Thanks for your reply. Your list of features seems fairly analogous to the description of three benchmarks I'd mentioned from the website.
1) fast processor 2) nice camera 3) big screen
I understand that the processor may power data-based Android applications, and the user could upload high-megapixel images, and that the screen can displayhigher resolution web video. (You also note that the EVO is capable
of outputting HDMI video, which wouldn't effect data use totals unless
you're suggesting that they could stream down HD quality video over a
3G connection.) But the presence of these abilities on a device does
not equate their constant employment.
I was pleased to see you mention that the Premium data fee would
remove the 5GB data cap when connected to the 3G network. This is indeed a difference between just "data" and "premium data". And in
fact I'd forgotten that Sprint imposes a 5GB monthly data restriction
on its phones. I can see on the "plans" portion of the sprint.com
shop page that the Wireless Broadband plans list 5GB in the "monthly
usage" column. It's a bit odd that the "Everything Data" and
"Everything Data Family" Plans don't feature a similar column. They
do however feature this text description that could be misinterpreted
as mobile data without a monthly cap.
"Our Everything Data plans give you unlimited data, messages and calls
to any mobile, anytime while on the Sprint Network."
It is not in fact $20 for unlimited data, it is an unlimited SMS, MMS,
mobile to mobile calls plan with a 5GB cap on other data. It costs
$30 for a premium plan with unlimited data, messages and mobile to
mobile calls. That was my misunderstanding of the stated details.
With these new data-hungry devices I understand not wanting
unsuspecting customers to run up against data caps which make their
features unusable, or worse to be charged overages. However I would
think opting-in to truly unlimited data would be a per user decision,
rather than blanket by phone model. This is the case with minute
plans across all phone models, with options ranging from 0 to 200 all the way through 3,000 or unlimited minutes. This would be like Sprint
only offering an unlimited minute plan on a phone that features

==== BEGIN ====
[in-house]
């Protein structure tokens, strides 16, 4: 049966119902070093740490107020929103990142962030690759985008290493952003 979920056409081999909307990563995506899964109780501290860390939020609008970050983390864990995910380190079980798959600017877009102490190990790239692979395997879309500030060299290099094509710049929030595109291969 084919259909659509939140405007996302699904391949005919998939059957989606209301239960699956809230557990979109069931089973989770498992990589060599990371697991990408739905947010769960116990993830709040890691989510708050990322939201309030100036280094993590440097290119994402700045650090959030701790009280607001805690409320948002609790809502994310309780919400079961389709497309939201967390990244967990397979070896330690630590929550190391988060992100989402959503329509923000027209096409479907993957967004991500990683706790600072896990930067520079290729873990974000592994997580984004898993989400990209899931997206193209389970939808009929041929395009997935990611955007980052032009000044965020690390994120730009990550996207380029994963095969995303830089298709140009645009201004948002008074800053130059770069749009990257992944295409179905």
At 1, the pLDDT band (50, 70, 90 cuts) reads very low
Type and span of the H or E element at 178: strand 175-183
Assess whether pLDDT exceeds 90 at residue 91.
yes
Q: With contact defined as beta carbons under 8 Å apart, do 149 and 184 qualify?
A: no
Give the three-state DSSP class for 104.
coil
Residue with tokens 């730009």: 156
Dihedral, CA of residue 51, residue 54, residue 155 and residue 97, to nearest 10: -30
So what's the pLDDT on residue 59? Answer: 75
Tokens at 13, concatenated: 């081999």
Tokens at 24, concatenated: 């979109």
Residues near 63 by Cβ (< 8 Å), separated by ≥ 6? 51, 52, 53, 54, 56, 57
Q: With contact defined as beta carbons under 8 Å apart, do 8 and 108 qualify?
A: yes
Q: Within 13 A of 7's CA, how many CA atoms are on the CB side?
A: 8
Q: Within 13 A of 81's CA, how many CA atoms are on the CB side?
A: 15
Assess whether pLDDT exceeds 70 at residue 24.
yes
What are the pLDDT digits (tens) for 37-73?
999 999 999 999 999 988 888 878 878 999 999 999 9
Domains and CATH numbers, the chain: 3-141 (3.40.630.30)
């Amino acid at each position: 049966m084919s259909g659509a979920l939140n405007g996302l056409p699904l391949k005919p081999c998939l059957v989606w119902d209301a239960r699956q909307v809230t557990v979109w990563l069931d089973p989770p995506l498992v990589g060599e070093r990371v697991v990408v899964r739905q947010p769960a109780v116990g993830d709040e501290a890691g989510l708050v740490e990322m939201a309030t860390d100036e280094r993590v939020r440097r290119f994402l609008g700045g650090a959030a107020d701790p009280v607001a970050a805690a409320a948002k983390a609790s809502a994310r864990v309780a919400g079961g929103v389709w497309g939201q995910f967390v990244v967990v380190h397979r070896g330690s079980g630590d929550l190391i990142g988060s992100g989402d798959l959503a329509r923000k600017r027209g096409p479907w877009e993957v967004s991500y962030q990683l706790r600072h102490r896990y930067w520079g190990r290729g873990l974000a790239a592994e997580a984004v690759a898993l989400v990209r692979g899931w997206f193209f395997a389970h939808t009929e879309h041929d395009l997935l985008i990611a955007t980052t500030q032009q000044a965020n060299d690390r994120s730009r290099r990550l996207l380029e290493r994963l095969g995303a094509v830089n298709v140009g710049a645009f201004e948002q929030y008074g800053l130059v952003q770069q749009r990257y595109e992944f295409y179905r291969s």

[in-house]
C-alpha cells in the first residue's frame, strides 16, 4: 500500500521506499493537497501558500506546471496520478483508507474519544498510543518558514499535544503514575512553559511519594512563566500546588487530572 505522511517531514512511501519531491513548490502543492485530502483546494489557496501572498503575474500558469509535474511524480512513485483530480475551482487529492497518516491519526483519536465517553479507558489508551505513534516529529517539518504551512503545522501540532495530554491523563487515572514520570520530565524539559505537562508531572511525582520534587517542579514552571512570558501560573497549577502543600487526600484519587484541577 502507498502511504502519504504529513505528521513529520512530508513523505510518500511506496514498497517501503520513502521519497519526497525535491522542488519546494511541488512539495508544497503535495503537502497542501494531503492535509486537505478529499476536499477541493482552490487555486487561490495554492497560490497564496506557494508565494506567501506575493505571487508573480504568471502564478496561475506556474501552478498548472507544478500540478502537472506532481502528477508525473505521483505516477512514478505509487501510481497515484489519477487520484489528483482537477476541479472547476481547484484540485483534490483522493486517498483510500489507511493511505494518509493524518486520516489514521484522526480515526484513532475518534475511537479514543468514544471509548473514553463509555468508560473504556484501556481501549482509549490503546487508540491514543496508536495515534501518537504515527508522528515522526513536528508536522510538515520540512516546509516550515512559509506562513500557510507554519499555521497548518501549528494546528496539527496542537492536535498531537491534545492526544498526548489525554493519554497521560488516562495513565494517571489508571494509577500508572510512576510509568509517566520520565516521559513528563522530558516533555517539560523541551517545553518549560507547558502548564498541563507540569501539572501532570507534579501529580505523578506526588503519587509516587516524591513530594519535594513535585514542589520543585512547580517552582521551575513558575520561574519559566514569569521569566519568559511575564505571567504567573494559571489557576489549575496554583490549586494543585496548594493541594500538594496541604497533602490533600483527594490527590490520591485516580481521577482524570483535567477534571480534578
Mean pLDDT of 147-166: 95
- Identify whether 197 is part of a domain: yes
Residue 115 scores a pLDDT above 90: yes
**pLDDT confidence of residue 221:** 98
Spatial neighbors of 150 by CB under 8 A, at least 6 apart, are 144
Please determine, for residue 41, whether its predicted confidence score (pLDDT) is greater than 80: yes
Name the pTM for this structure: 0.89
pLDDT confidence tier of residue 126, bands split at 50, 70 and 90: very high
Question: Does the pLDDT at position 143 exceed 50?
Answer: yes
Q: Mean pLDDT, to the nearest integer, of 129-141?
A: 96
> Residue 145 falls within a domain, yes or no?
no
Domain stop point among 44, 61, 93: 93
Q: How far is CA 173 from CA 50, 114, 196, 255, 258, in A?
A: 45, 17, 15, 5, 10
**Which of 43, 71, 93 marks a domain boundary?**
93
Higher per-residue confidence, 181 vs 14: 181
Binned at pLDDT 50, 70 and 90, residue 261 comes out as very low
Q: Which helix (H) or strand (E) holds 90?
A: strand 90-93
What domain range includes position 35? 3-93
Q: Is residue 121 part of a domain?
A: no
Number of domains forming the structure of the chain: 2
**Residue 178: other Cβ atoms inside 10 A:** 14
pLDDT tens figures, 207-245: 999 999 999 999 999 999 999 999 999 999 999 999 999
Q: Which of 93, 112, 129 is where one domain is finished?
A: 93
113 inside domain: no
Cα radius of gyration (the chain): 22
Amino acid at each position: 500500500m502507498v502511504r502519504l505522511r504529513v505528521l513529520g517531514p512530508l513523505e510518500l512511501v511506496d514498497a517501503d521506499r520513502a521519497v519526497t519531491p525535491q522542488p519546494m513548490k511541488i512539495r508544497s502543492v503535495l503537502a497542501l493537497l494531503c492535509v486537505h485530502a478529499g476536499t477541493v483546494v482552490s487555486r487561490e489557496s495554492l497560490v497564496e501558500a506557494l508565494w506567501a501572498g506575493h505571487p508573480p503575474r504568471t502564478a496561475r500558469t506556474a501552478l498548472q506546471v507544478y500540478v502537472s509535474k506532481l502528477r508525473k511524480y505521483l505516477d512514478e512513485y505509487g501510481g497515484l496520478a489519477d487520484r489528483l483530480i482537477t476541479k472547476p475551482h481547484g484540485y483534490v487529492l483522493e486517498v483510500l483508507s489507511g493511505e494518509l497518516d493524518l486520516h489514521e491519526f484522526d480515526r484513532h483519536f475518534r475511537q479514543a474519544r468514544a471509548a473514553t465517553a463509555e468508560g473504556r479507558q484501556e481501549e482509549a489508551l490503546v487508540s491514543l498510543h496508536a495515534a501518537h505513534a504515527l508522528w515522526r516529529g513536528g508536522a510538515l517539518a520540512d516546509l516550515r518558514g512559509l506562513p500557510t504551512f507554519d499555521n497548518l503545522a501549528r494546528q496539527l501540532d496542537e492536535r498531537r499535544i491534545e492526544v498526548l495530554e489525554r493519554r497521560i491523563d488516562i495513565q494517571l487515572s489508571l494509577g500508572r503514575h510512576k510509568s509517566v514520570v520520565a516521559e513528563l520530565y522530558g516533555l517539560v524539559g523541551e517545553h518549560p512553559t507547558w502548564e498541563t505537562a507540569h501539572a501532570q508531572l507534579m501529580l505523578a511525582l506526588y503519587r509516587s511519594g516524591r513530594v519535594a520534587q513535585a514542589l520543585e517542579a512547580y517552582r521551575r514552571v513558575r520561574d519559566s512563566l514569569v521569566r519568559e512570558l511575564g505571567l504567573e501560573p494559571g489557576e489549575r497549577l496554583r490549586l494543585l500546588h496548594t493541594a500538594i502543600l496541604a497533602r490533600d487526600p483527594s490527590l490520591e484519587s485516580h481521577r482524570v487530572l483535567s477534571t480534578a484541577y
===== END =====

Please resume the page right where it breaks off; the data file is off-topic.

high-fidelity audio hardware.
If you run through the numbers a user would have to send and receive
over 170 MB of data each day on his mobile device to run afoul of the
(admittedly generous) 5GB cap. While this may be feasible on phones streaming 720p video, I think it's unfair to assume all your customers
are amateur videographers. I've attached the graph of my personal
data experience which includes an EVO 4G for all months and a Hero
from June through November, replaced by an Epic 4G in December. As
you can see, we have trouble cracking 350 MB across two devices most months. This is embarrassingly far from our 10GB limit and I promise
to try harder in the future.
I understand from the footnote that these data do not include
transactions conducted through the Clearwire WiMax network, but I can
assure you that those would be minimal additions. I usually only
enable my 4G radio when in DC or Baltimore to run the FCC speed test
application. Frankly the fact that 4G data isn't included leads me to
postulate that Sprint is unable to track 4G usage. It's strange to
think, but that seems like a more plausible reason to coerce me into
an unlimited data tier than worries about my 1GHz processor and 5MP
camera conspiring against my historical usage trends.
I guess from a consumer perspective I'd appreciate if you would
highlight the 5GB cap on normal data plans and truly unlimited data
usage for smartphones on the premium data plan. To market something
as limitless when in fact it has clearly set limitations dilutes an
offering that actually delivers on the same promises.